White Pine, located in Michigan’s Upper Peninsula, is an archetypal sediment-hosted stratiform copper deposit. The Midcontinent rift system is one of only seven basins globally that host a giant sediment-hosted stratiform copper deposit. Despite many similarities with other deposits of this type, White Pine displays some important differences, including the late Mesoproterozoic age, a thick basalt sequence, an apparent lack of evaporites, and a lacustrine depositional setting. This study analyzes paleofluid flow related to the formation of White Pine and places a particular emphasis on structural and diagenetic fluid pathways.
Most of the ore is located in a 30-m-wide zone spanning the Copper Harbor Formation red beds and the overlying Nonesuch Formation shales. Sedimentation of these units was accompanied by subtle synsedimentary faulting. Premineralization phases include calcite concretions and nodules, illite and hematite grain coatings, isopachous chlorite rims, emplacement of liquid petroleum (now pyrobitumen), and bleaching. Mineralization introduced native copper into the footwall sandstones and a zoned suite of native copper and sulfur-poor copper sulfide minerals across a migrating redox front in the overlying shales where copper minerals nucleated on authigenic and detrital chlorite grains. Postmineralization phases include quartz cement, calcite cement, and calcite veins that partially overlapped inversion of synsedimentary faults. Contrary to previous studies, we identified evidence for only one phase of mineralization. An Re-Os chalcocite age of 1067 ± 11 Ma places mineralization 11 to 17 m.y. after host-rock deposition. Sulfide δ34S values of –14.0 to 29.9‰ suggest an important contribution from sour gas and thermochemical sulfate reduction of seawater. Carbon (δ13C) and oxygen (δ18O) isotope compositions of five calcite generations range from –15.1 to –1.3‰ and 10.4 to 41.3‰, respectively, and record early meteoric pore water displaced by later seawater.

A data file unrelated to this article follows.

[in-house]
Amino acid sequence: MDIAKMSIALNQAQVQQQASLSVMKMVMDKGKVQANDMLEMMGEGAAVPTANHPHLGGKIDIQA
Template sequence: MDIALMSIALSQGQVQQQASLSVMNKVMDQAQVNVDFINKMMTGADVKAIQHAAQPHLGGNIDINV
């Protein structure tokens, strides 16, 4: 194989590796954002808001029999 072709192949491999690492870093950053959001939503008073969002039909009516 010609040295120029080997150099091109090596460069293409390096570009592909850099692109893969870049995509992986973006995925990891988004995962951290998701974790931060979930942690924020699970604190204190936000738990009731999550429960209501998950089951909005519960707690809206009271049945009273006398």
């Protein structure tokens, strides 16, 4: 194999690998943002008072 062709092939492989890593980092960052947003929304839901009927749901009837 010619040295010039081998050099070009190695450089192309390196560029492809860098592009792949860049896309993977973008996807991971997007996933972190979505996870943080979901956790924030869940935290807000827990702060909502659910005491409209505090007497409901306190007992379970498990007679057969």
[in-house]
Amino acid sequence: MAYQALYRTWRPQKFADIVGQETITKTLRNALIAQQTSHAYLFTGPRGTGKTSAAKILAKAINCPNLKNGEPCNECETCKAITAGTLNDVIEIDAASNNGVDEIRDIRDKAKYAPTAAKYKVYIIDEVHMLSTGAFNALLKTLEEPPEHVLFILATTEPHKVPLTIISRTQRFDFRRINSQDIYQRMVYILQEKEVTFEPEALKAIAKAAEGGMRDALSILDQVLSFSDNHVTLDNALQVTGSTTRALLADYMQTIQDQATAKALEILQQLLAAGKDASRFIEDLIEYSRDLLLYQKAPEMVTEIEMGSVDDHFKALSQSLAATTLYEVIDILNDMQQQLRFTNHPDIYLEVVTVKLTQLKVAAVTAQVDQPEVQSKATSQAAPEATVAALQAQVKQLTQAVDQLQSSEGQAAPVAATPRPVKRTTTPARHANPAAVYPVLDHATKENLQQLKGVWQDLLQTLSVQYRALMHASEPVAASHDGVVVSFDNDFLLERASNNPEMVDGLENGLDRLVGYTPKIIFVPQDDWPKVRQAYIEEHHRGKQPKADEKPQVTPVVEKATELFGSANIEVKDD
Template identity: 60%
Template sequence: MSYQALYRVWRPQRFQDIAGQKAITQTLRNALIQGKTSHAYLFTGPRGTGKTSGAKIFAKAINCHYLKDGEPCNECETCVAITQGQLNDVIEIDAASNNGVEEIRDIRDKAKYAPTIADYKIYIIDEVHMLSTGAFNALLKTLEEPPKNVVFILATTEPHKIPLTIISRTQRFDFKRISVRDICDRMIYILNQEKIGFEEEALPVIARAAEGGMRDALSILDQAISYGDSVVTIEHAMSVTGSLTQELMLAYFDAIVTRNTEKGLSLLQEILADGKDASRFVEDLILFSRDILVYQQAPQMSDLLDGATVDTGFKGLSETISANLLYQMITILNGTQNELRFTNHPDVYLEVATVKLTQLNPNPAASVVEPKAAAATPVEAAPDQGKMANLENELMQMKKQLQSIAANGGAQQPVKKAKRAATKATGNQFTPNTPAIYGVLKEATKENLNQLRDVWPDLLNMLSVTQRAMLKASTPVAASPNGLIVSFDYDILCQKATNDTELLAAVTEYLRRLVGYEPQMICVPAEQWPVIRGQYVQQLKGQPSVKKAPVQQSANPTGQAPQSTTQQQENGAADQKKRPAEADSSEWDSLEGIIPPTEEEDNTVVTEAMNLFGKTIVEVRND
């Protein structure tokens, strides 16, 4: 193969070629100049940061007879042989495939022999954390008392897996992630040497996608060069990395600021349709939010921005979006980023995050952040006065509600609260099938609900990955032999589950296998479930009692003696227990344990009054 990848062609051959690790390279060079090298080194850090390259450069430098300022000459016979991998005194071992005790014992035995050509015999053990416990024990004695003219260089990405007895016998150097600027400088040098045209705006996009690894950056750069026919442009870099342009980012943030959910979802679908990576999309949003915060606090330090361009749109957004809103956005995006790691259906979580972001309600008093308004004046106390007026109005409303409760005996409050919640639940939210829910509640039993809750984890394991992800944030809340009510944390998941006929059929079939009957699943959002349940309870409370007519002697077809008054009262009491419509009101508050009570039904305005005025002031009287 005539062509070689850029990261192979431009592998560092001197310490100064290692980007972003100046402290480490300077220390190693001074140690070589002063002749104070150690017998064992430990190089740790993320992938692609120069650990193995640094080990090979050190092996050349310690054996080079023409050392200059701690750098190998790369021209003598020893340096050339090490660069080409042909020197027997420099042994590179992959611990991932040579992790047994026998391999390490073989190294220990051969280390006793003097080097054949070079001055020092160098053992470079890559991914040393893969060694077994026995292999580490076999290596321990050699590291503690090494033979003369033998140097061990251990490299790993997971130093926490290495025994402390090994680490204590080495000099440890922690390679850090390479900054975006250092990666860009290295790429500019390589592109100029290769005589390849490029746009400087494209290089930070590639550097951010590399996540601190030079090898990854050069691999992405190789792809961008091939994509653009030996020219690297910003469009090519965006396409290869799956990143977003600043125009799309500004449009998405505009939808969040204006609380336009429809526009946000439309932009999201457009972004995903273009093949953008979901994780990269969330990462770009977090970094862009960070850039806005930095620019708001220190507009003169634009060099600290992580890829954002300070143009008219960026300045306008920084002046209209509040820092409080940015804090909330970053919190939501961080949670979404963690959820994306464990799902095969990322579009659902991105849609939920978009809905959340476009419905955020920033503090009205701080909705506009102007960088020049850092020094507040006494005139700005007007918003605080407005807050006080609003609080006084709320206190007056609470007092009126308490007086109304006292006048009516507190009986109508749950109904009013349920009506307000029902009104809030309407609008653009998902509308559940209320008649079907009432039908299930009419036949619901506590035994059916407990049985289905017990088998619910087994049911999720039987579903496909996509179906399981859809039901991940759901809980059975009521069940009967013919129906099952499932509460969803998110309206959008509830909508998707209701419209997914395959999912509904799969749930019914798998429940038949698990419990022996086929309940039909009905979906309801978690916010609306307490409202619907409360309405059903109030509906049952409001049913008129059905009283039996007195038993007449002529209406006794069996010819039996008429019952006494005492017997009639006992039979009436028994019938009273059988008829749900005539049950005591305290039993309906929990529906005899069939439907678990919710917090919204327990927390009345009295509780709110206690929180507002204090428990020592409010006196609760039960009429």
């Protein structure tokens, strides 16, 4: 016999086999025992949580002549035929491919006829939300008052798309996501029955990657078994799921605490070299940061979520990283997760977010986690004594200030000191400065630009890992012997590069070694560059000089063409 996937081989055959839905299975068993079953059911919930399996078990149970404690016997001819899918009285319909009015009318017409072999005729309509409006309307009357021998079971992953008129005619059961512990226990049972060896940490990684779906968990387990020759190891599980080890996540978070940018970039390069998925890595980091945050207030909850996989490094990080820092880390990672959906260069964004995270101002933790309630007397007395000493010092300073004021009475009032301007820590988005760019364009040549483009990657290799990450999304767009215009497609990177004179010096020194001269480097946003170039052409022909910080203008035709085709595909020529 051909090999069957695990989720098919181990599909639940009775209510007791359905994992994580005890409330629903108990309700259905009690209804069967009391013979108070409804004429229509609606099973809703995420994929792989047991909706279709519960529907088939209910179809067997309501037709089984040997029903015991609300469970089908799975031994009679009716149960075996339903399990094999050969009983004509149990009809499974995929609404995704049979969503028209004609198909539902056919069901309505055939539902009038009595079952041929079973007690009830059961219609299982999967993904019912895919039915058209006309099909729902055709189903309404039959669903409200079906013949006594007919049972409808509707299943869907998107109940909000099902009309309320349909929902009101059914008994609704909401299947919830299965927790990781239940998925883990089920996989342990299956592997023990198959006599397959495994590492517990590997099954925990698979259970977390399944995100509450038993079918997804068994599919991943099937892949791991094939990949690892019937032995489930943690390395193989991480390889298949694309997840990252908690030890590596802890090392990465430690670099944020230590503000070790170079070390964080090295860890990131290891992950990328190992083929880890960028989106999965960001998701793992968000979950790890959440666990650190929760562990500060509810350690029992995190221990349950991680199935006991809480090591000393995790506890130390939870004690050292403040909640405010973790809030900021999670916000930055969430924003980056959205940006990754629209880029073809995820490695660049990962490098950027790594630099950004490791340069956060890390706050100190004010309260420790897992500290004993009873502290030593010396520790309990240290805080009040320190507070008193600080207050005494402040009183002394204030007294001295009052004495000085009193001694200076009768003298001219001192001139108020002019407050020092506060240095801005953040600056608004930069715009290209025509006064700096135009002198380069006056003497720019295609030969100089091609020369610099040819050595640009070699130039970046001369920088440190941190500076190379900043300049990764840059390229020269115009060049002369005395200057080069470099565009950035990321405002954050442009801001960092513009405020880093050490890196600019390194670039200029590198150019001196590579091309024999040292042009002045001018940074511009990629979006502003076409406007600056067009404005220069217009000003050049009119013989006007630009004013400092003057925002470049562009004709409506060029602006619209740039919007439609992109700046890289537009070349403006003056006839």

White Pine is both a sediment-hosted stratiform copper deposit and a paleo-oil field. Synsedimentary faults controlled the sedimentological character of the upper Copper Harbor Formation, and together these imparted a strong control on fluid flow and later diagenetic processes. Early oxidized meteoric fluids were displaced by liquid petroleum and sour gas, which were in turn succeeded by metal-rich but sulfate-poor oxidized seawater. Burial compaction during deposition of the overlying Freda Formation drove fluids through White Pine due to its situation on a paleotopographic high near the basin margin. Mineralization occurred at ~125°C at depths of ~2.0 km and spanned incipient basin inversion related to the distal effects of Grenvillian orogenesis. The hightenor copper mineral assemblage is the product of an abundant supply of metal from basaltic volcanic detritus in the Copper Harbor Formation and low seawater sulfate concentrations in late Mesoproterozoic oceans. This demonstrates that viable sediment-hosted stratiform copper systems can form when a readily leachable metal source rock is present, even if hypersaline and sulfate-rich brines are not.